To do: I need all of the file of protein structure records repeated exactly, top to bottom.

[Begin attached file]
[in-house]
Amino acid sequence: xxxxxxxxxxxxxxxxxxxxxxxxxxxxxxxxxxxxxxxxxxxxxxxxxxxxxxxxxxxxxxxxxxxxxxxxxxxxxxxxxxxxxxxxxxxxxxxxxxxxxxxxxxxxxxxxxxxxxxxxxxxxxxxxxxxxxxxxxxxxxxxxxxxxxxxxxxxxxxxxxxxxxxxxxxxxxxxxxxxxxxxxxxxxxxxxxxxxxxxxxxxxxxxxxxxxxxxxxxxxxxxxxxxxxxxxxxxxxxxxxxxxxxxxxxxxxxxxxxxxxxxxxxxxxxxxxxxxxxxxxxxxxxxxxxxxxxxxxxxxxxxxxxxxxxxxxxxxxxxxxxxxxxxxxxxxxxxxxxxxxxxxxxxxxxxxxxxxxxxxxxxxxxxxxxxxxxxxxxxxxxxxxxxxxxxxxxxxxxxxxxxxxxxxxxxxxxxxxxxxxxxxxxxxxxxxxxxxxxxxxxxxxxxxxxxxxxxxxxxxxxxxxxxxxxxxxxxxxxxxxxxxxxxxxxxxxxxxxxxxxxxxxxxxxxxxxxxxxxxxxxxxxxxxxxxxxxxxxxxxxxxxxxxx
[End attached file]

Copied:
[in-house]
Amino acid sequence: xxxxxxxxxxxxxxxxxxxxxxxxxxxxxxxxxxxxxxxxxxxxxxxxxxxxxxxxxxxxxxxxxxxxxxxxxxxxxxxxxxxxxxxxxxxxxxxxxxxxxxxxxxxxxxxxxxxxxxxxxxxxxxxxxxxxxxxxxxxxxxxxxxxxxxxxxxxxxxxxxxxxxxxxxxxxxxxxxxxxxxxxxxxxxxxxxxxxxxxxxxxxxxxxxxxxxxxxxxxxxxxxxxxxxxxxxxxxxxxxxxxxxxxxxxxxxxxxxxxxxxxxxxxxxxxxxxxxxxxxxxxxxxxxxxxxxxxxxxxxxxxxxxxxxxxxxxxxxxxxxxxxxxxxxxxxxxxxxxxxxxxxxxxxxxxxxxxxxxxxxxxxxxxxxxxxxxxxxxxxxxxxxxxxxxxxxxxxxxxxxxxxxxxxxxxxxxxxxxxxxxxxxxxxxxxxxxxxxxxxxxxxxxxxxxxxxxxxxxxxxxxxxxxxxxxxxxxxxxxxxxxxxxxxxxxxxxxxxxxxxxxxxxxxxxxxxxxxxxxxxxxxxxxxxxxxxxxxxxxxxxxxxxxx